Academic rigor? Absolute creativity? This must be about Rabbi Dr. Zvi Szubin
Rabbi Dr. Zvi Szubin of Teaneck, who died on March 20, 2016, was an extraordinary man.
His harrowing childhood, fleeing the Nazis, going east, going west, going to Palestine, and then eventually winding up here, must have left a strong mark on him, but Dr. Szubin’s approach to the world was passionate curiosity, a passionate desire to understand through the application of logic to text and to physical objects, and a passionate yearning to explore the Jewish world and to deepen his connection to it through understanding it and unfolding and exploring and unfurling its complexities.
It was a joyous and passionate combination of rigorous scholarship and pure creativity, and it infused his entire life.
He lived his life as an Orthodox rabbi with strong ties to the Conservative movement, never quite fitting entirely into any one world, absolutely at home in both. Absolutely at home in all Jewish worlds.
It makes sense, therefore, that his wife, Laurie Szubin, and his children, Adam Szubin and Lisa Szubin, have decided to remember him through the Ateret Zvi Prize in Hiddushei Torah. The award will be given by the Hadar Institute, the Manhattan-based post-denominational institution (né Hadar Institute) that —according to its website — “empowers Jews to create ,and sustain vibrant, practicing, egalitarian communities of Torah, Avodah, and Hesed.”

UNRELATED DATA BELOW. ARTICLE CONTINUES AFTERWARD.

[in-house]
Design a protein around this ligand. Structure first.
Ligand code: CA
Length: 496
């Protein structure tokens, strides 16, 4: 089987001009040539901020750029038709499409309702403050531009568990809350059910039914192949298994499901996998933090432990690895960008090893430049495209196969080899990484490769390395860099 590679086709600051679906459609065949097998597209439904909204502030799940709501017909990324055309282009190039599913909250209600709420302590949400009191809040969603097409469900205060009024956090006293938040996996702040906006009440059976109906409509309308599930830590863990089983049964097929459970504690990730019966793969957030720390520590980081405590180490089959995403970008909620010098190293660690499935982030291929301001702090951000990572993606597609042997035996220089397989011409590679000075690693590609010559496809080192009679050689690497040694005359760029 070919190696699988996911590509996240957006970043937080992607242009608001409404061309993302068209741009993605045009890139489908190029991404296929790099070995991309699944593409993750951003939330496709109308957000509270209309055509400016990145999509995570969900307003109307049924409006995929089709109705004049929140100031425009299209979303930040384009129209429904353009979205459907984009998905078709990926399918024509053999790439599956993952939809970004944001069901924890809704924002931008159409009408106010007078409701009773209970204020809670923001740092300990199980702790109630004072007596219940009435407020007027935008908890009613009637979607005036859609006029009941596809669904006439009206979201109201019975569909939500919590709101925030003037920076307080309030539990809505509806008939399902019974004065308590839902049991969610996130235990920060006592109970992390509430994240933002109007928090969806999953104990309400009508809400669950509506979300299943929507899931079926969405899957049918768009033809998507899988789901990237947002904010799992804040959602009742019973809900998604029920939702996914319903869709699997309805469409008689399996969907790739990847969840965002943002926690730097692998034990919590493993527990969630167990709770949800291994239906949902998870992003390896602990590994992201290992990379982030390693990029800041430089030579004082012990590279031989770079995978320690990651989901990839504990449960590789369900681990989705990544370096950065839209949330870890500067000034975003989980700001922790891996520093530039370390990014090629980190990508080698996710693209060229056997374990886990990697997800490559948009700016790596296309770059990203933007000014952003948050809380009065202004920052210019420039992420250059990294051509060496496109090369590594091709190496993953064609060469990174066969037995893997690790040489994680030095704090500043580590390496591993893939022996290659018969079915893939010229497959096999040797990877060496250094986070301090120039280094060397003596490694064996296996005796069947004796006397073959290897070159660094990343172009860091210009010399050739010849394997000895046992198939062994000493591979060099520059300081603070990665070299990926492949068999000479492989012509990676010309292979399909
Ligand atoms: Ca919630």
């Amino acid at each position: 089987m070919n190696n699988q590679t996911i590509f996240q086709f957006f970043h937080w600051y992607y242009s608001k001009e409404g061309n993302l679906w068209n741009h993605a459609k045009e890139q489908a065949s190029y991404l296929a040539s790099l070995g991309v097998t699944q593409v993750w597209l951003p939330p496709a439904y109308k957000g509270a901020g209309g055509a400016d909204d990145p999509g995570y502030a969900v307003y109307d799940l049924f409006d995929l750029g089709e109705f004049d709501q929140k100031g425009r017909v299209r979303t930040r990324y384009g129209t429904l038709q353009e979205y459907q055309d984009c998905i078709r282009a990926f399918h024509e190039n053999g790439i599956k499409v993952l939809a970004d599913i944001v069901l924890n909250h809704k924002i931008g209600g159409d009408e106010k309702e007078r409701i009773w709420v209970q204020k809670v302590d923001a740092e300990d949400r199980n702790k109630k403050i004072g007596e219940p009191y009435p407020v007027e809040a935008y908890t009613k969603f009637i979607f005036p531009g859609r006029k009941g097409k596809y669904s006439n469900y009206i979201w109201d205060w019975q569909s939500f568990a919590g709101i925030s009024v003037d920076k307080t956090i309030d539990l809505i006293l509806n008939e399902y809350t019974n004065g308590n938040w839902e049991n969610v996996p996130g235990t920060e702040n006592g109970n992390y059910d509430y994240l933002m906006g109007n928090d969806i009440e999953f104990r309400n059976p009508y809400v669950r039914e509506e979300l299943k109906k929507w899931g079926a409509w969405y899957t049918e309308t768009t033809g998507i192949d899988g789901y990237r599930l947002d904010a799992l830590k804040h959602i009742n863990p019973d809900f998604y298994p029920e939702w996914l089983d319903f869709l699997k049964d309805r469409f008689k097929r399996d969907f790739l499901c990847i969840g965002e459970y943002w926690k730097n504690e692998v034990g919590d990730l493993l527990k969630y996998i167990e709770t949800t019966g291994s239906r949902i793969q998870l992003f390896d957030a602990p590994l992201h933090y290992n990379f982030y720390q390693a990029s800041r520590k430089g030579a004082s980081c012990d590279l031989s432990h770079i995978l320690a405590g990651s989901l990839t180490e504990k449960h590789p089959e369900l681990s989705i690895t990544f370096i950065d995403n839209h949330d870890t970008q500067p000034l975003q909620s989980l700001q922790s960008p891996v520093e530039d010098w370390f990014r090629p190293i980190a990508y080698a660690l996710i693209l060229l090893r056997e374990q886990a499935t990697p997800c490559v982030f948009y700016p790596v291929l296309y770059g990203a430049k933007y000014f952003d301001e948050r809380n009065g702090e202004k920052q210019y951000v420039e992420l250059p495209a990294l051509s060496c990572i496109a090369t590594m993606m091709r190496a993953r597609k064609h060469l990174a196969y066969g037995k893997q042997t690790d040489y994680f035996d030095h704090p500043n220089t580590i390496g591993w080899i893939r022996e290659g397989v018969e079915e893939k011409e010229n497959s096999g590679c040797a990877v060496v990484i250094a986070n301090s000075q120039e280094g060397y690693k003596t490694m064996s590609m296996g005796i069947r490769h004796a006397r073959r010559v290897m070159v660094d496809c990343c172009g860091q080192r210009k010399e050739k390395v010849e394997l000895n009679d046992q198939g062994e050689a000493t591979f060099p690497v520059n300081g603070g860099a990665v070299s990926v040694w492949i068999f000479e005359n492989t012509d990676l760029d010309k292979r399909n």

Hadar now is looking for submissions; the award will “recognize a work of innovative and exceptional Torah scholarship.” It will look for the combination of academic rigor and imagination that characterized Dr. Szubin’s life.
“Our hope was to find a way that would honor my father’s memory that was fitting and appropriate and also would project some positive Jewish contributions in the world,” Adam Szubin, a lawyer who lives with his wife and children in Washington, D.C., said. He and his family chose Hadar because “of what Hadar is building as a proudly traditional and proudly egalitarian Jewish community.
“My father was an iconoclast in many ways,” he continued. “I would say that this is just one of them.”
Dr. Szubin spent many summers as a teacher in residence at Camp Ramah in Wisconsin — the first of the Conservative movement’s Ramah camps, and always known as the most intellectually oriented. “I still run into people who hear my last name and say ‘Oh! I remember Zvi Szubin!’ And not only do they remember this name, they remember something specific he taught them in, say, 1978. They would say ‘I remember this insight on Tisha B’Av’ or ‘This thing he said about the Pesach seder’ or ‘This comment on the Megillah.’ This was from 40 years ago — and I can’t even remember what I had for lunch this afternoon.
“He touched a lot of students and teachers, and he was happy to do it. And he wanted to be in as many settings as possible. It’s not just that he was open to this post-denominational approach — he sought it out.